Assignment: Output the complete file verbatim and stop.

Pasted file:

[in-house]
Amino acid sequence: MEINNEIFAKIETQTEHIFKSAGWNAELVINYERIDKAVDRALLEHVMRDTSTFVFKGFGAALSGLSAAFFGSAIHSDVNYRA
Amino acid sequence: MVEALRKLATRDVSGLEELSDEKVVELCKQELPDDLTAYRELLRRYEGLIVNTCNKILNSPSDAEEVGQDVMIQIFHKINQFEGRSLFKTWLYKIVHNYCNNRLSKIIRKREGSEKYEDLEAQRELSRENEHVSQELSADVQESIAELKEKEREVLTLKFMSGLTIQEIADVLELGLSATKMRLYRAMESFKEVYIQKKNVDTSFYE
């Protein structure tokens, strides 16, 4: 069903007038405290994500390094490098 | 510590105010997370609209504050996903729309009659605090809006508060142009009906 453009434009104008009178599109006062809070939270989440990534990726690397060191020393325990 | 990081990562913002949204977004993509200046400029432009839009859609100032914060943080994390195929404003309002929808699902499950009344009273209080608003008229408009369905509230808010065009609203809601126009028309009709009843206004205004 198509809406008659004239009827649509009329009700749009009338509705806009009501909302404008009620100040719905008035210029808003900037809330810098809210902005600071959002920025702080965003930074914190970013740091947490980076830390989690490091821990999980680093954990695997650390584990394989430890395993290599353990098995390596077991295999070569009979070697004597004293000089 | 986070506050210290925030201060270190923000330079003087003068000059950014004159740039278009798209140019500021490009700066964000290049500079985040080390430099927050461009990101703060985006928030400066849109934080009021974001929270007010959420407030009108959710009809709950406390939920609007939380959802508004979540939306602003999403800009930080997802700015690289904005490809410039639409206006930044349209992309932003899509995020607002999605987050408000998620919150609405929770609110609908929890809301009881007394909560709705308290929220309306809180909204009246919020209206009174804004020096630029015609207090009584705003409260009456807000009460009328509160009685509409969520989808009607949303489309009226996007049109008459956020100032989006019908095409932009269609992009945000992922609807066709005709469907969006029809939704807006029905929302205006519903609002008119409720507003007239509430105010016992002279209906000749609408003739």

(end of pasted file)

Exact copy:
[in-house]
Amino acid sequence: MEINNEIFAKIETQTEHIFKSAGWNAELVINYERIDKAVDRALLEHVMRDTSTFVFKGFGAALSGLSAAFFGSAIHSDVNYRA
Amino acid sequence: MVEALRKLATRDVSGLEELSDEKVVELCKQELPDDLTAYRELLRRYEGLIVNTCNKILNSPSDAEEVGQDVMIQIFHKINQFEGRSLFKTWLYKIVHNYCNNRLSKIIRKREGSEKYEDLEAQRELSRENEHVSQELSADVQESIAELKEKEREVLTLKFMSGLTIQEIADVLELGLSATKMRLYRAMESFKEVYIQKKNVDTSFYE
């Protein structure tokens, strides 16, 4: 069903007038405290994500390094490098 | 510590105010997370609209504050996903729309009659605090809006508060142009009906 453009434009104008009178599109006062809070939270989440990534990726690397060191020393325990 | 990081990562913002949204977004993509200046400029432009839009859609100032914060943080994390195929404003309002929808699902499950009344009273209080608003008229408009369905509230808010065009609203809601126009028309009709009843206004205004 198509809406008659004239009827649509009329009700749009009338509705806009009501909302404008009620100040719905008035210029808003900037809330810098809210902005600071959002920025702080965003930074914190970013740091947490980076830390989690490091821990999980680093954990695997650390584990394989430890395993290599353990098995390596077991295999070569009979070697004597004293000089 | 986070506050210290925030201060270190923000330079003087003068000059950014004159740039278009798209140019500021490009700066964000290049500079985040080390430099927050461009990101703060985006928030400066849109934080009021974001929270007010959420407030009108959710009809709950406390939920609007939380959802508004979540939306602003999403800009930080997802700015690289904005490809410039639409206006930044349209992309932003899509995020607002999605987050408000998620919150609405929770609110609908929890809301009881007394909560709705308290929220309306809180909204009246919020209206009174804004020096630029015609207090009584705003409260009456807000009460009328509160009685509409969520989808009607949303489309009226996007049109008459956020100032989006019908095409932009269609992009945000992922609807066709005709469907969006029809939704807006029905929302205006519903609002008119409720507003007239509430105010016992002279209906000749609408003739």